Study finds negative impacts of air pollution in kids.

Researchers examined blood samples from more than 100 healthy children aged 9-11 in the Sacramento area, where the EPA records pollutants near their homes . Exposure to pollutants produced during wildfires has been linked to numerous undesirable health outcomes in children with smaller bodies and organ systems than adults .

Washington, United States, August 7: New research has shown that air pollution exposure among children has led to elevated levels of inflammation, such as interleukin 6.According to the study, higher air pollution is related to poor cardiac autonomic control in children, which affects how quickly the heart beats and how hard it pumps.Researchers examined blood samples from more than 100 healthy children aged 9-11 in the Sacramento area, where the EPA records pollutants near their homes.Anna M. Parenteau, a doctoral student, and Camelia E. Hostinar, an associate professor, all of the UC Davis Department of Psychology, wrote the paper.

Researchers examined fine particulate matter data from the EPA (PM2.5) to see if fine particles that can penetrate the lungs and pass into the bloodstream in children's blood revealed signs of systemic inflammation.PM2.5, which stands for particulate matter that measures 2.5 micrometres or less per EPA, was linked to reduced cardiac autonomic regulation measured using an electrocardiogram.Researchers used data files maintained by the EPA, which contain daily air quality summary results from each outdoor monitor in the region.In total, 27 of the children examined had inflammation markers in their blood, as a result of fires in which they encountered high levels of PM2.5 in the air.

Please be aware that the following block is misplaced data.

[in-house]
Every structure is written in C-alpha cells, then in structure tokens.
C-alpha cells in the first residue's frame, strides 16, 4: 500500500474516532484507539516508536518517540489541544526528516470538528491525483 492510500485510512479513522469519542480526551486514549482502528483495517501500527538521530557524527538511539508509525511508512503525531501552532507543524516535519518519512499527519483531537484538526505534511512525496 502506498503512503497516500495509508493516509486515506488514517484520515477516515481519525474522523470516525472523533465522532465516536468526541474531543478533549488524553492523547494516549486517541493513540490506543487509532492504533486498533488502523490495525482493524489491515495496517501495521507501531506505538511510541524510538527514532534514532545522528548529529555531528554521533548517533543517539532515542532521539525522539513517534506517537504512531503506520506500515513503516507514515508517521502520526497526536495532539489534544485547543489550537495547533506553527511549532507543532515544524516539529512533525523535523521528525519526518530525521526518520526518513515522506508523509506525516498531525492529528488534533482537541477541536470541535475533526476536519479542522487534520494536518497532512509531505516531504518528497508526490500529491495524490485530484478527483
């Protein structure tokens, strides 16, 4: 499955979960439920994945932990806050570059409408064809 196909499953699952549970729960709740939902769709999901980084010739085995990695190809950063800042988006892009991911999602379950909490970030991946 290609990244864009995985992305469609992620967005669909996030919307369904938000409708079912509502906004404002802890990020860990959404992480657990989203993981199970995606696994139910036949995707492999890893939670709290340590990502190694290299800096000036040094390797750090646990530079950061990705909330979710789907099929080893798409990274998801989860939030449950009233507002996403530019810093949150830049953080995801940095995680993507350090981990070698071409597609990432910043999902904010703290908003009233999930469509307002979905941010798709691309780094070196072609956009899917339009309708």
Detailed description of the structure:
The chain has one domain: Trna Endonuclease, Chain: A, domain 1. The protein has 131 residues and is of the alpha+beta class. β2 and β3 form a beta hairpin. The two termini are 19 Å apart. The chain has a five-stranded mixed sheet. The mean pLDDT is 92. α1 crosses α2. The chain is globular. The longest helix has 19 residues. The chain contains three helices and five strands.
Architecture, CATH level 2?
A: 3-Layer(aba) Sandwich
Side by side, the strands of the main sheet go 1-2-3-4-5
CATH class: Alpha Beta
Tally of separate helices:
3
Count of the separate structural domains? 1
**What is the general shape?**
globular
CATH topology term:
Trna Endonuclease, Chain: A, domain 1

The findings were similar to those obtained in a previous study, in which the blood of young primates was collected by UC Davis researchers after large wildfires, and this report further illustrates the immediate consequences of air pollution, which may raise the risk of future disease, according to Parenteau.Moreover, Parenteau explained that as climate change continues to affect children and families, it is important to understand the impact of environmental contaminants like air pollution on their physiology, according to previous studies.Researchers also found that children are particularly vulnerable to the effects of air pollution because they have a higher intake of pollutants and a greater lung surface area than adults.Researchers concluded that continuing research on environmental pollutants can raise the alarm about the effects of air pollution and inform policy changes that could improve long-term population health.